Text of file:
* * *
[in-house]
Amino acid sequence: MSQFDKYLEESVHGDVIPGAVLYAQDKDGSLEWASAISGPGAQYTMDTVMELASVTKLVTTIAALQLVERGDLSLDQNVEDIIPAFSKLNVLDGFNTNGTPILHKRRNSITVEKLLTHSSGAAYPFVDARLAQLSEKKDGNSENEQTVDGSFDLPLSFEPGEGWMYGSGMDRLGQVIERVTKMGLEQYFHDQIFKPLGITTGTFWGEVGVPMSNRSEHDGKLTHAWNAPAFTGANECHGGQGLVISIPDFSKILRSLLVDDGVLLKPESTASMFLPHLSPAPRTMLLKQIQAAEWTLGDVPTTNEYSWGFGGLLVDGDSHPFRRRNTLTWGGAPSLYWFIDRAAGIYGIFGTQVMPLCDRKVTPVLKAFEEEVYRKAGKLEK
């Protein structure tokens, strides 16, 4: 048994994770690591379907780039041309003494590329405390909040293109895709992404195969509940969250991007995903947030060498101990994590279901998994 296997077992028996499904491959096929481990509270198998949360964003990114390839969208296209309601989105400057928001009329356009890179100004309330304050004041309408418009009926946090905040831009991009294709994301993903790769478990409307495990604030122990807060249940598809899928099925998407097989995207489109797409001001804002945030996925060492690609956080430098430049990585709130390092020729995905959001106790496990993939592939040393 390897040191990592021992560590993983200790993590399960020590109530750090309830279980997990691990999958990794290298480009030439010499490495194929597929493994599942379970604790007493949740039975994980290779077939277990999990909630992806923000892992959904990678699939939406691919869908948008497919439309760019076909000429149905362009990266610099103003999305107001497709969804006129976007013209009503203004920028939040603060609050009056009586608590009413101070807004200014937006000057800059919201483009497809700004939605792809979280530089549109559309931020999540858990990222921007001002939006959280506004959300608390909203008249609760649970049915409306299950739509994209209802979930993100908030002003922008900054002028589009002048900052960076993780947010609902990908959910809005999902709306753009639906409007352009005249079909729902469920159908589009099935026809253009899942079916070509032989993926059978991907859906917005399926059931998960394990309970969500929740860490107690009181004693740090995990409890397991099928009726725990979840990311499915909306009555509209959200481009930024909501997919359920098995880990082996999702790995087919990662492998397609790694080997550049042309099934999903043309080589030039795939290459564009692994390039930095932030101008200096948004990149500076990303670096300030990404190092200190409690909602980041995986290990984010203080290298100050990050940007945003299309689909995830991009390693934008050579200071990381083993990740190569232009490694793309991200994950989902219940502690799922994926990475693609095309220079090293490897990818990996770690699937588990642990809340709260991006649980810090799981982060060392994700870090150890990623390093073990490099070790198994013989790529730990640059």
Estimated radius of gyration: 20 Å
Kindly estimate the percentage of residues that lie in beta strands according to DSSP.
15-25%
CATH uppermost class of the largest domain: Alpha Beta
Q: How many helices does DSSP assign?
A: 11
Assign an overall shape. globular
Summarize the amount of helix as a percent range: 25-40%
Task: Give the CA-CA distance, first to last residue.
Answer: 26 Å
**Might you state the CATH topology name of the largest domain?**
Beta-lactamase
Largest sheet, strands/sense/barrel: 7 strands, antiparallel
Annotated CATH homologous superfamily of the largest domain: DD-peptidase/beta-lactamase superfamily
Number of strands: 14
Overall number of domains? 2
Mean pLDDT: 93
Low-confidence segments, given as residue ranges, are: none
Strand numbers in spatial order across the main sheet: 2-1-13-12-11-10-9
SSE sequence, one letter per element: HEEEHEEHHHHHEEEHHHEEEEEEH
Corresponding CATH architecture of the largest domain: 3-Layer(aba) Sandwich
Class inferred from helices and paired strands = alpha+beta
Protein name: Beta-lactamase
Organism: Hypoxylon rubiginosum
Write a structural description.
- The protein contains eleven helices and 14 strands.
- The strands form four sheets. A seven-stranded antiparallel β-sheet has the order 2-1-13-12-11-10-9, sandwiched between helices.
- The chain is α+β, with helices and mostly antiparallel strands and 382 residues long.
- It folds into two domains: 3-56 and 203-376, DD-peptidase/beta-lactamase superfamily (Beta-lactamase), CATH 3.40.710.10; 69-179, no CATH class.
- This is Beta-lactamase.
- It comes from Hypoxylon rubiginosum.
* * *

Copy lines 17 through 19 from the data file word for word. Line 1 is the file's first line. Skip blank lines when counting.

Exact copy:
Annotated CATH homologous superfamily of the largest domain: DD-peptidase/beta-lactamase superfamily
Number of strands: 14
Overall number of domains? 2